01 Sep 2014

Case Study: Declawing the Competition

A startup focused on clawing its way to the top of a competitive pet market seeks advice from alumni
Re: Stacy Schwartz (MBA 2003); Laura Viaches (MBA 2008); D.B. Banchik (MBA 1984); Glenn Perkins (GMP 11); Katina Stefanova (MBA 2005)


Illustration by Peter Arkle

KitNipBox is a monthly subscription service for cat owners. Each box contains products designed to keep cats happy, healthy, and fit: toys, treats, health and hygiene products, must-have accessories, innovative new gadgets, and other unique products.

A core part of the company’s mission is social responsibility: A portion of the proceeds and products is donated to animal welfare organizations. KitNipBox regularly works with artisan suppliers who create handmade products and support animal welfare.

KitNipBox launched in early 2014 and has gained great traction, both in subscriber growth and customer feedback. However, the lucrative market opportunity ($8 billion, growing at 4 percent year-over-year) and the low costs of entry are attracting new competition. New cat-focused subscription boxes have been popping up every few months.

The Question:

KitNipBox cofounder and president, Deena Malkina (MBA 2008), offered this case study query to alumni: “KitNipBox is laser-focused on differentiating its brand by sourcing the most unique, high-quality products on the market, committing to healthy and natural goods, being socially responsible, and providing excellent customer service. However, we know this is a race that others can compete in, too, and that—with enough investment—our differentiators are replicable. What fundamental changes can we make to this market dynamic and/or our business model to erect sustainable barriers to entry and secure a market leadership position?”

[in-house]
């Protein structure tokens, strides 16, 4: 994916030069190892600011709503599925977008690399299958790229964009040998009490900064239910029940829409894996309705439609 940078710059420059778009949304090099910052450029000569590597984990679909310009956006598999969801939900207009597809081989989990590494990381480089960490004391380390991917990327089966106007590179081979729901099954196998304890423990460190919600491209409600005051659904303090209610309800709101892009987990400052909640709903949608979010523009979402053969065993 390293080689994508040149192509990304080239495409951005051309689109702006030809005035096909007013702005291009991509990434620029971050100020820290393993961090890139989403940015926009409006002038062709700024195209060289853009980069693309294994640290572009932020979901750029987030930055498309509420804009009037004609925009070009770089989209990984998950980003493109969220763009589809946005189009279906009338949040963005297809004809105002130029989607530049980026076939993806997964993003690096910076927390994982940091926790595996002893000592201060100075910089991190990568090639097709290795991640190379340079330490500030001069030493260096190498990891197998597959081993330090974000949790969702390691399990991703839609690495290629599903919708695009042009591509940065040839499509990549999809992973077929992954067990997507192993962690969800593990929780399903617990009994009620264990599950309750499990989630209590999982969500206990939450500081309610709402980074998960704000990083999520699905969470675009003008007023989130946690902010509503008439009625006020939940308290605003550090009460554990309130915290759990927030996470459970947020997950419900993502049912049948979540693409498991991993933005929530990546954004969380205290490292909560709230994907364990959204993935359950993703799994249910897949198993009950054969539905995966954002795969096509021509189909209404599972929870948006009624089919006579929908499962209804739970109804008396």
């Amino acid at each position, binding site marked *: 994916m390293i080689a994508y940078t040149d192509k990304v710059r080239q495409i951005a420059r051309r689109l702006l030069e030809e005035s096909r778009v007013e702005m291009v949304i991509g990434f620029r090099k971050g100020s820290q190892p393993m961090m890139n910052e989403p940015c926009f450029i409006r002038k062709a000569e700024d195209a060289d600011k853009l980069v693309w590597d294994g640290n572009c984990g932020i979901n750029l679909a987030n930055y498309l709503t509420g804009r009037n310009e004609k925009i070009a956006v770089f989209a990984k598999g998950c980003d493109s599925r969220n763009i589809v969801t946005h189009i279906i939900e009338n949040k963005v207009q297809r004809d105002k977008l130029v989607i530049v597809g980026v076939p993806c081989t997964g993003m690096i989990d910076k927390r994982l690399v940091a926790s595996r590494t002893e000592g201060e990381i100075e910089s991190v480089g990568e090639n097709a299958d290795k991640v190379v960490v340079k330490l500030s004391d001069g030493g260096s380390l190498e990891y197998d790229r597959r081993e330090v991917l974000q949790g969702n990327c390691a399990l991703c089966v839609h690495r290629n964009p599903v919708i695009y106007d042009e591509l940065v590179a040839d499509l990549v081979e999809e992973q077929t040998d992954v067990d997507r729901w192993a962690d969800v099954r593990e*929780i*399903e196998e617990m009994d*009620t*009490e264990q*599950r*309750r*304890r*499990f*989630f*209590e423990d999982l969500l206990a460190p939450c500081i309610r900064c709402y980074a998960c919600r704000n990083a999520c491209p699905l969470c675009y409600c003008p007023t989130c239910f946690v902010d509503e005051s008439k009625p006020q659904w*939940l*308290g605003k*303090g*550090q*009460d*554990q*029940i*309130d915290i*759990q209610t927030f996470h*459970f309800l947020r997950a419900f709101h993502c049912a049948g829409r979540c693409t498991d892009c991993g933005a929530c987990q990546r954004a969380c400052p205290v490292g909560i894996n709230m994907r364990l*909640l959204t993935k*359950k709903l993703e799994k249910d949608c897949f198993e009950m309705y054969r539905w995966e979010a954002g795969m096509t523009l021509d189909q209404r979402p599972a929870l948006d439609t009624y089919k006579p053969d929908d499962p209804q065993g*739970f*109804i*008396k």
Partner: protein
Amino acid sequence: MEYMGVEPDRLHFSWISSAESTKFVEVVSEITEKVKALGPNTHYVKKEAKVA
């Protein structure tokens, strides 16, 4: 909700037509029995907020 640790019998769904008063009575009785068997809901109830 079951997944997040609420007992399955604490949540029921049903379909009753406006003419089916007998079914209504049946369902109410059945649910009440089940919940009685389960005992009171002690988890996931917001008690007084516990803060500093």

The Answers:

Create an Etsy-like program for subscribers to sell and distribute their own cat products. After being vetted for quality and fit, independent producers receive distribution and a percentage of sales. This develops a network of cat-loving entrepreneurs who want to support each other and who see the value in all-natural and homemade.
Stacy Smollin Schwartz (MBA 2003)

A few ideas: 1) Create a kitty mascot that has a Twitter feed/Facebook presence. Use posts to hint at presents in the following month’s deliveries. 2) Reward loyalty—special extra gifts for every fifth box? 3) Consider partnering with local humane societies. For example, offer a reduced-cost first package after an adoption—the goal being to associate the joy of bringing a pet home with your product.
Laura Viaches (MBA 2008)

Vertically integrate through a branded line of patented innovative products. Offer a rewards program that for every X number of boxes purchased through subscription, a box will be sent free to a friend or family member of their choosing. The objective is to convert the recipient into a subscriber. Use social media extensively for the purposes of making your brand into a community of cat lovers.
Doris Banchik-Moxley (MBA 1984)

1) As a subscription service, invoke a simple recurring mechanism to allow faster feedback on your customers’ preferences. This will allow you to improve products and services and stay more connected to your customers. 2) Based on the recurring product and service preference feedback, consider vertically integrating those items that are most desired, allowing you to fine-tune and evolve the product, [as well as] developing a cost advantage for part of your kit over others who must source independently. 3) Seek out a partnership and/or alliance with a pet food supplier—get your kit endorsed.
4) Consider the new B Corporation status, which allows additional tax benefits for socially responsible corporations.
Glenn E. Perkins (GMP 11, 2011)

Take a page from the book of Zappos.com: Make customer service your primary priority and try to build personal relationships with your customers that encourage loyalty. It is not the products that you sell, but the experience and relationships you create. Thus your call center and the quality of the interactions your team has with the customer matter the most. You can also create events where cat owners can meet and share their experiences with your products and their cats.
Katina Stefanova (MBA 2005)

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Featured Alumni

Featured Alumni

Class of MBA 2008, Section I

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